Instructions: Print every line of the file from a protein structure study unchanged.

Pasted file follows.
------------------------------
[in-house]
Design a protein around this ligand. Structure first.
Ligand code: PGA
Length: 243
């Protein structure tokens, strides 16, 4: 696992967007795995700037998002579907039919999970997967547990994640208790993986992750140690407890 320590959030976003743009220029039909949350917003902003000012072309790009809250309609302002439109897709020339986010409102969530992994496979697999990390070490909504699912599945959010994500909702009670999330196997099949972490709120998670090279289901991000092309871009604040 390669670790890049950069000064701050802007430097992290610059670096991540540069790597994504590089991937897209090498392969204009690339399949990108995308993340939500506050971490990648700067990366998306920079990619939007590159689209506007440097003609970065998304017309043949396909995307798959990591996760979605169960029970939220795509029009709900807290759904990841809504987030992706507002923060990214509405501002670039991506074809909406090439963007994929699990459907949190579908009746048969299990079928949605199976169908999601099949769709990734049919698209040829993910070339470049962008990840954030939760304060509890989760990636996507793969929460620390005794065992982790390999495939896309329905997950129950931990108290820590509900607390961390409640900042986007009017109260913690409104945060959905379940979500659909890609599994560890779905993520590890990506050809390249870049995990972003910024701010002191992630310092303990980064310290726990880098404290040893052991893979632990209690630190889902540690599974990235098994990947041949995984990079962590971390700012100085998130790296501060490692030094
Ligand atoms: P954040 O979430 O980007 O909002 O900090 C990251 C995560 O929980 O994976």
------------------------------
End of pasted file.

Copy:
[in-house]
Design a protein around this ligand. Structure first.
Ligand code: PGA
Length: 243
């Protein structure tokens, strides 16, 4: 696992967007795995700037998002579907039919999970997967547990994640208790993986992750140690407890 320590959030976003743009220029039909949350917003902003000012072309790009809250309609302002439109897709020339986010409102969530992994496979697999990390070490909504699912599945959010994500909702009670999330196997099949972490709120998670090279289901991000092309871009604040 390669670790890049950069000064701050802007430097992290610059670096991540540069790597994504590089991937897209090498392969204009690339399949990108995308993340939500506050971490990648700067990366998306920079990619939007590159689209506007440097003609970065998304017309043949396909995307798959990591996760979605169960029970939220795509029009709900807290759904990841809504987030992706507002923060990214509405501002670039991506074809909406090439963007994929699990459907949190579908009746048969299990079928949605199976169908999601099949769709990734049919698209040829993910070339470049962008990840954030939760304060509890989760990636996507793969929460620390005794065992982790390999495939896309329905997950129950931990108290820590509900607390961390409640900042986007009017109260913690409104945060959905379940979500659909890609599994560890779905993520590890990506050809390249870049995990972003910024701010002191992630310092303990980064310290726990880098404290040893052991893979632990209690630190889902540690599974990235098994990947041949995984990079962590971390700012100085998130790296501060490692030094
Ligand atoms: P954040 O979430 O980007 O909002 O900090 C990251 C995560 O929980 O994976």